The shift to 15 hours shouldn't be too difficult for the approximately 74 percent of first-time freshmen who were already taking 11 credits or more in fall 2012, said Pam Silberman, Utah System of Higher Education spokeswoman.
"It's not a huge push to add a class," she said.
And a Hawaii study found that students improved their grades with a 15-hour course load, regardless of academic preparation.
"We know that students who enroll in at least 15 credits finish college faster and can start on a career that provides financial independence and increased lifetime earnings," said Utah's commissioner for higher education, David Buhler, in a statement.
Except for the University of Utah, institutions in the state don't charge more money for 15 hours than for 12. The U. will also offer so-called plateau tuition in the next year or two, Silberman said.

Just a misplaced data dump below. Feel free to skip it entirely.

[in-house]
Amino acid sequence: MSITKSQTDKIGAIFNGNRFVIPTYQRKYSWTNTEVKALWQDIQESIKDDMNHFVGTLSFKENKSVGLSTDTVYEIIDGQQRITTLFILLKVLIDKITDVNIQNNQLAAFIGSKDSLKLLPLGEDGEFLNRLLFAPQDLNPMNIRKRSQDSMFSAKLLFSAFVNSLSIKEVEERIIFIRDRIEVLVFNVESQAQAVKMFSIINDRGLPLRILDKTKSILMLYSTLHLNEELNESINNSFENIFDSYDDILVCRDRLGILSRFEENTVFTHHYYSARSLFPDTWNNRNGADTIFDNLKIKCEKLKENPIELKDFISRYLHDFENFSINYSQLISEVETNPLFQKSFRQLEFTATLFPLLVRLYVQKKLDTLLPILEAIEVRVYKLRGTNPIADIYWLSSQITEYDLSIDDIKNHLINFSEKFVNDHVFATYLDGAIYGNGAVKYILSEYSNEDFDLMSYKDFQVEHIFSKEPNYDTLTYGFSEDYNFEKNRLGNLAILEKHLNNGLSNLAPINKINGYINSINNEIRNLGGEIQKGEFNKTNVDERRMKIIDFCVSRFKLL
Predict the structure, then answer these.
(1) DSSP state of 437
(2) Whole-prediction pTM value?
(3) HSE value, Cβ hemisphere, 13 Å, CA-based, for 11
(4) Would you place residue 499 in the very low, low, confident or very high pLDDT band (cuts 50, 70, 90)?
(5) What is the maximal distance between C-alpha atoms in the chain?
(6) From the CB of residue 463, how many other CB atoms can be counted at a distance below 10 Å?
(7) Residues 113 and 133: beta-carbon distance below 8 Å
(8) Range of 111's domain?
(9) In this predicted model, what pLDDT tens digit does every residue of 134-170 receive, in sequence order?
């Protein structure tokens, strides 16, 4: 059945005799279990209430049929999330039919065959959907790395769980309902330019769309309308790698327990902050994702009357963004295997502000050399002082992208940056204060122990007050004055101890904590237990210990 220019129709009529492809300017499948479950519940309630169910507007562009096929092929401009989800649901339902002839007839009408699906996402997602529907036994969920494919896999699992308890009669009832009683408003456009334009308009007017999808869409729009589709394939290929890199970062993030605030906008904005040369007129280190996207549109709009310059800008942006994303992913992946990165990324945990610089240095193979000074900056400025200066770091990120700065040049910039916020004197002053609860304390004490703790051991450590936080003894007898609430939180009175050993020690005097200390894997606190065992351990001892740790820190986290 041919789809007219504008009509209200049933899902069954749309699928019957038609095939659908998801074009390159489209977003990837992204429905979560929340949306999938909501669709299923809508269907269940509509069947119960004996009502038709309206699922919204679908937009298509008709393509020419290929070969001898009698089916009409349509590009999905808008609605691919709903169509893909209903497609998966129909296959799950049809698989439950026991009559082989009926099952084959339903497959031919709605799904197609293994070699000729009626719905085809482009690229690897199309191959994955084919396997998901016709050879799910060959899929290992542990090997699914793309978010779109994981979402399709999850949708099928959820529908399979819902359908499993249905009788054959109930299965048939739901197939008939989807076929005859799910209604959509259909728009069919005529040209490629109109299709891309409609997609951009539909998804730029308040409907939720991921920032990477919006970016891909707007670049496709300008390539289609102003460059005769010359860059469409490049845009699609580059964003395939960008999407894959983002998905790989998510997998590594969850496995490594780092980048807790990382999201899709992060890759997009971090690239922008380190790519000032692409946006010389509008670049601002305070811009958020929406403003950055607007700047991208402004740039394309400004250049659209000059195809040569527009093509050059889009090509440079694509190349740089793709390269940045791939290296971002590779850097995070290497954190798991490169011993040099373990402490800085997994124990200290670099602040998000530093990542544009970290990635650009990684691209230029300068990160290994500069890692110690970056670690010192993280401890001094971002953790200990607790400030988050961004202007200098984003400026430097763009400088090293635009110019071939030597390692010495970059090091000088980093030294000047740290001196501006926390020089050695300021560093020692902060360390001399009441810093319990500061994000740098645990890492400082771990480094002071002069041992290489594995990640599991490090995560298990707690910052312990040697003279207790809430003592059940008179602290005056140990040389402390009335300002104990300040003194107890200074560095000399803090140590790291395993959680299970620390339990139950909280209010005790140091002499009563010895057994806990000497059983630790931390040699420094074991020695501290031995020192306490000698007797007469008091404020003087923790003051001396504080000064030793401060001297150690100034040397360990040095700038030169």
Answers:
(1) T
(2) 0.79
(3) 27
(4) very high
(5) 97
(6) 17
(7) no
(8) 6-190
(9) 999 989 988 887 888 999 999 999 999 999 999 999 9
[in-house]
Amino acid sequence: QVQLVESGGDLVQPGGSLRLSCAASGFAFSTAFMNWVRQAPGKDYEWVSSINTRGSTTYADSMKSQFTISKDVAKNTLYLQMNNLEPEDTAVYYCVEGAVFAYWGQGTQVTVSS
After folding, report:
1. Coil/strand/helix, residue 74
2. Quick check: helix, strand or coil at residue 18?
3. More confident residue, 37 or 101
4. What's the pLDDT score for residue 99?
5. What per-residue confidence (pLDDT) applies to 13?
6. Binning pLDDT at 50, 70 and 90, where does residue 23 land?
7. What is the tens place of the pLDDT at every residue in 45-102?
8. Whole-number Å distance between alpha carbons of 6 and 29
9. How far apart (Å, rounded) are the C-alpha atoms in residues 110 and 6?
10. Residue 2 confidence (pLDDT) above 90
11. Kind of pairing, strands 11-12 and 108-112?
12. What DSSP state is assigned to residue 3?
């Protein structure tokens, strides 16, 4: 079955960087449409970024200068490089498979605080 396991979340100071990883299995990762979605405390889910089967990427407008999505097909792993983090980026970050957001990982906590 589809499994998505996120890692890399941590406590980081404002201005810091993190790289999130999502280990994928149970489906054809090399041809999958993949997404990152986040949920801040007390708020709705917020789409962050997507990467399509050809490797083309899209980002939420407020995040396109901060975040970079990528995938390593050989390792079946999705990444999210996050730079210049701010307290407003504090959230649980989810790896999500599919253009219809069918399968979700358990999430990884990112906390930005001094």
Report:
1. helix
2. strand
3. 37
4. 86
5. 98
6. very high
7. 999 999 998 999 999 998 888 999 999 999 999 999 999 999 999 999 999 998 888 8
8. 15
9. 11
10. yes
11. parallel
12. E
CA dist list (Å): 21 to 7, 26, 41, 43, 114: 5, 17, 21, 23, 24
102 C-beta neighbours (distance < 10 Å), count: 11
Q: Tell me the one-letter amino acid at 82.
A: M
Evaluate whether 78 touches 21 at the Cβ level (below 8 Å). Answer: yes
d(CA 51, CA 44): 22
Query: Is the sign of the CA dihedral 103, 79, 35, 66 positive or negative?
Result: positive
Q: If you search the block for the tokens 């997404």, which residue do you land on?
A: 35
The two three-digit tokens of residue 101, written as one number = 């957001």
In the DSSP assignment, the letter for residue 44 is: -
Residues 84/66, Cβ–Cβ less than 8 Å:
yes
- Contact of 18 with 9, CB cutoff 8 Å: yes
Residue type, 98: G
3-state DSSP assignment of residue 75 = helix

The change could be unmanageable for students with family responsibilities or who have to work to afford college, though Silberman maintained that the sooner students graduate, the less tuition they have to pay.
"It seems to make a lot of sense, 'I'll work part-time and earn a degree,' but the data doesn't support that," she said. "Life gets in the way and you're not focused on education as the primary objective. If you're able to really focus on education for a short period of time, the payoff is great."
The campaign will continue through summer orientation for next year's incoming freshmen, and high school students getting ready for college will also see it. Students with a state-funded Regents' or New Century Scholarship are already required to enroll in and successfully complete 15 credits each semester following a Utah Legislative vote earlier this year.